2. It follows that Parliament is legitimate and valid only if it
assembles for the purposes of informing the process of government, the
bona fide representatives of all the community interests. These bona
fide representatives may be assembled within a single party, or a great
number of parties, or no party at all.
3. Representation may be fully participatory as in a tiny city-stale
where the democracy is direct. Or it may be embodied in a single electA
personage, be it King, Chief or Elder; or even in a select group of citi-
zens, be they Elders. Nobles, Senators or Representatives.
4. Representation also, may result in widely differing arrange-
ments for war-making and law-making and for civil and military admin-
istration. It may entail a rich variety of agencies and institutions for
adjoining the government of the State to the politics of the community;
it might involve markedly different combinations of these agencies to
ensure an adequate separation or integration of powers within the
"government and an appropriate emphasis as between the function of
government which is to employ authority and the process of politics
which is to create and distribute it amongst competing groups.
5. The system of government and politics may utilise two legislative Houses or one or even
none; it may make the one House dependent on the other or completely independent of it. It may
separate the Judiciary from the Executive and the Executive from the Legislature; or it may com-
bine them all as Proprietary Government did in the earliest politics of the West India islands. It
might elect the Chief Executive,the Executive and the Legislature all at once or by entirely dif-
ferent routes. The permutations and combinations are clearly infinite.
6. But whatever the variation, one unique condition has to be fulfilled if the system as a
whole is to entrench a contract, embody a compact and express a covenant amongst the multitude
of the citizens. Representation must be valid and legitimate in the perceptions of the people,
government and politics must articulate the general will.
7. Whenever the expectations of the people are systematically unfulfilled, it brings on a
political crisis. when Parliament is unrepresentative, when the Courts are corrupt, the parties
incapable of articulating community interests, the Government incompetent to govern, the
leaders obsolescent and out of touch with the imperatives of the age.
8. But a mere political crisis can be cured when elections will suffice to activate new parties,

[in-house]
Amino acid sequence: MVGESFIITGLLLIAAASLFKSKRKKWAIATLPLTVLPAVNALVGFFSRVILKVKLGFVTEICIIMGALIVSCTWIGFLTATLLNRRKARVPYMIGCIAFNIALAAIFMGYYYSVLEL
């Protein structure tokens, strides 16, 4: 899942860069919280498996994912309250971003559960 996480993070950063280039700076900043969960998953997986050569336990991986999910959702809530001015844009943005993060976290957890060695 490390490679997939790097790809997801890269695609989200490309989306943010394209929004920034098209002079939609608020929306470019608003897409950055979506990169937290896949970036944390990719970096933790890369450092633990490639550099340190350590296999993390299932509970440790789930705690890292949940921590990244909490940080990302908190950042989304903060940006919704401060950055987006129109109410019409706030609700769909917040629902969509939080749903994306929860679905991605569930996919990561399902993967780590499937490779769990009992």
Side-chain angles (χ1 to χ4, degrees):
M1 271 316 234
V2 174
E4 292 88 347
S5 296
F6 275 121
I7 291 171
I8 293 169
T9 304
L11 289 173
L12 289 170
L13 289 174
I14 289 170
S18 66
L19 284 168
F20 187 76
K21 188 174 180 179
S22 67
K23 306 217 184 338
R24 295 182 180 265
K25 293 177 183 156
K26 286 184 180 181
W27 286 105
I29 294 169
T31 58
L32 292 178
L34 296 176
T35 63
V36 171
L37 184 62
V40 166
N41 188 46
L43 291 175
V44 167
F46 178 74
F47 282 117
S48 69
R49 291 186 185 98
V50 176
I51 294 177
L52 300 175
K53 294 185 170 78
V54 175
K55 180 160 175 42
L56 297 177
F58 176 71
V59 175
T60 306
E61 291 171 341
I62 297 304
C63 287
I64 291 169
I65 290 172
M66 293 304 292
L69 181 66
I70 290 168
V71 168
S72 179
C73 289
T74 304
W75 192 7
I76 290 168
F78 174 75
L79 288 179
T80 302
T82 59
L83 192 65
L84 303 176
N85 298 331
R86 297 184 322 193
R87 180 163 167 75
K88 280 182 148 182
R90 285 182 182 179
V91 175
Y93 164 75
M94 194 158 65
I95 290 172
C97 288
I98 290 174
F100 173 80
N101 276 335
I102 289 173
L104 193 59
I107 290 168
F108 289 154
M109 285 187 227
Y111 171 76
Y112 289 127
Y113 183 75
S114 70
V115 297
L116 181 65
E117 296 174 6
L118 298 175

new leaders and new representatives in general so that a new generation of law-makers and admin-
istrators could embark on the reforms needed to clean the judicial stables, to refurbish the cor-
ridors of the legislature and to galvanize the Executive into action.
9. It is when mere elections, a mere change of faces by the traditional methods, can promise
no conceivable change in the condition of the people that the political crisis passes necessarily into
a constitutional one involving the very make-up of the society and the State. When there exist no
replacement parties, or leaders or representatives, no replacement agencies of the popular will,
when the despairing cry is who we going to put? It is time for organized upheaval or cause for
-.uo-rganized one.
10. In 1974, this is where Trinidad & Tobago have reached. The Army and the Courts are
corrupt from top to bottom; the civil service, the Parliament and the parties are corrupt to right,
to left and to centre.
11. While the vast multitude of the citizens are daily deprived of the basic public utilities -
water, telephones, transport, electricity, education, health and the arts; while chronic unemploy-
ment and growing injustice have become a constant factor in the economic record, while galloping
inflation and mounting despair are driving sectional interests into an unholy scramble for gain,the
Government of the day ,inhabits a rainbow world of large announcements. The promised land of
the people's charter with its appendix for the new society and its belated promotion of a people's
sector, has become a wonderland of empty promise.

THE DECAY OF PARLIAMENT

12. And yet Parliament has been incapable of initiating any action. It is representative
mainly of an elite in the ruling party;opposition is virtually not represented at all. This pappyshow
Paniament has been emerging stealthily ever since the explosive election of 1961 failed to establish
representation on a basis meaningful in an independent nation-state, with equal place for every
creed and race, and instead, opened the way to a parody of Executive domination in the Indepen-
dence Constitution of 1962 such was the excessive centralisation of authority in the hands of the
Executive, the Prime Minister in particular.
13. The inevitable consequence of this emasculated Parliament was a collapse of the emerg-
ing party structure, a reversion to an intense mobilisation by race, and a split in the national move-
ment, revealed most plainly in the rift in the labour movement. The accompanying disenchantment
not only made independence a virtual funeral but drove political involvement back to the lack-
lustre days of Crown Colony administration before the 1940's. Voter registration declined from
459,839 in 1966 to 435,531 in 1971 while actual voter participation dropped from 88% in 1961 to
66% in 1966 and then to the ultimate absurdity of 33% in 1971, the last notwithstanding the call
from the ruling elite for a massive electoral turn out.
14. The illusion of a functioning two-party democracy was first exposed by the 1966 elec-